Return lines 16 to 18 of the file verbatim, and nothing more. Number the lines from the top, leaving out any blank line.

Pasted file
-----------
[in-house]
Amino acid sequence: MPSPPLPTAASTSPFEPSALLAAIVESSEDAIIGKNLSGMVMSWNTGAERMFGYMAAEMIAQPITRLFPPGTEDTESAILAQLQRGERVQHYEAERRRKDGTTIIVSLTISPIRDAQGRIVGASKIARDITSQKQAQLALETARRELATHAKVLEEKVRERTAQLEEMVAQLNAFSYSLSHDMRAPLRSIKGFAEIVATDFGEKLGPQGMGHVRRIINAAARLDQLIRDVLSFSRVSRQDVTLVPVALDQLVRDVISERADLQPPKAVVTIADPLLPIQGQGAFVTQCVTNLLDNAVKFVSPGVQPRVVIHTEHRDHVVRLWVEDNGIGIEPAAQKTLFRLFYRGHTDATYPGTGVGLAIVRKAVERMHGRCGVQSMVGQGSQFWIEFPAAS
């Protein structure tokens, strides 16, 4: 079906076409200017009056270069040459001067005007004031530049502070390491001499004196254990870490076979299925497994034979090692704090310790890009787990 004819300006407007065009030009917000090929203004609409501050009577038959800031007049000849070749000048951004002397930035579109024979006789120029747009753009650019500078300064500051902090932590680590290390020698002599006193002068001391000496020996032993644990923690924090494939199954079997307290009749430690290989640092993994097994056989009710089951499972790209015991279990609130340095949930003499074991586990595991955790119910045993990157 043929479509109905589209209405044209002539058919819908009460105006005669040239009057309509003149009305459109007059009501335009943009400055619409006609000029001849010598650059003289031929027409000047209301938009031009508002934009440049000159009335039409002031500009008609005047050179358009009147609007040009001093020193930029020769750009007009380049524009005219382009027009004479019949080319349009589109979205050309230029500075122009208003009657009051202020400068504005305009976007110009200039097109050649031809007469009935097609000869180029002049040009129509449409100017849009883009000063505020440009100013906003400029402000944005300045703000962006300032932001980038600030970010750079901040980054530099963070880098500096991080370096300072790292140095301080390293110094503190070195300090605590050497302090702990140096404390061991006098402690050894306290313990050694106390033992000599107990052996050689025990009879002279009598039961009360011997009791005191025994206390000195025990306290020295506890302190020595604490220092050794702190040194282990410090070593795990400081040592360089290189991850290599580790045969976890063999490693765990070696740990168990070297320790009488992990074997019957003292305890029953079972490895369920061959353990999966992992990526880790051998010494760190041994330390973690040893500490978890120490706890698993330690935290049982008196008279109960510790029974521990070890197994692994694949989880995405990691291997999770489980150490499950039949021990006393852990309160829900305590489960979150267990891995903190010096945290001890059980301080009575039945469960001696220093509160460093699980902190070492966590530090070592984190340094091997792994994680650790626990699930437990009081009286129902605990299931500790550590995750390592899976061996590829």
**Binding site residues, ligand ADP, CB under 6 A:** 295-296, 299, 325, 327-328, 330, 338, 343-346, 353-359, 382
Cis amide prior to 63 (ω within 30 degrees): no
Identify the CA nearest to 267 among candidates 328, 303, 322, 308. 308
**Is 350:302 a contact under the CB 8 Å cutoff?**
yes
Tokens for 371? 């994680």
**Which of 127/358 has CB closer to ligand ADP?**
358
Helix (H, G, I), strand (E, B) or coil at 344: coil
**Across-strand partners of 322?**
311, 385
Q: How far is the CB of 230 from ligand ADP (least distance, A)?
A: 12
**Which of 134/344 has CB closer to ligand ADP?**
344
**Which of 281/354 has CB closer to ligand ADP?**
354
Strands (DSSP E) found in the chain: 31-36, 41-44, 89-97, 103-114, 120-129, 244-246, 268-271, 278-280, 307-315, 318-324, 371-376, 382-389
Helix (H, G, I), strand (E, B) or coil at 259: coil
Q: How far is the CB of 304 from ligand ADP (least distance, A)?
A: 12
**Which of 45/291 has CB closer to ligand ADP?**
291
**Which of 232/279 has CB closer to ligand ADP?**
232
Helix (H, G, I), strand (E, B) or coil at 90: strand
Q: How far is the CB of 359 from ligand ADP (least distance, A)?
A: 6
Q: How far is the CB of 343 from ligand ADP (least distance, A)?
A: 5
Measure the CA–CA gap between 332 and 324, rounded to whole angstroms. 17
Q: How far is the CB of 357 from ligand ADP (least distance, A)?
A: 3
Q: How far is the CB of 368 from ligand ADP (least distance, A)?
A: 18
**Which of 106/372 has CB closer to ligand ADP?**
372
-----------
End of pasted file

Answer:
A: 12
**Which of 134/344 has CB closer to ligand ADP?**
344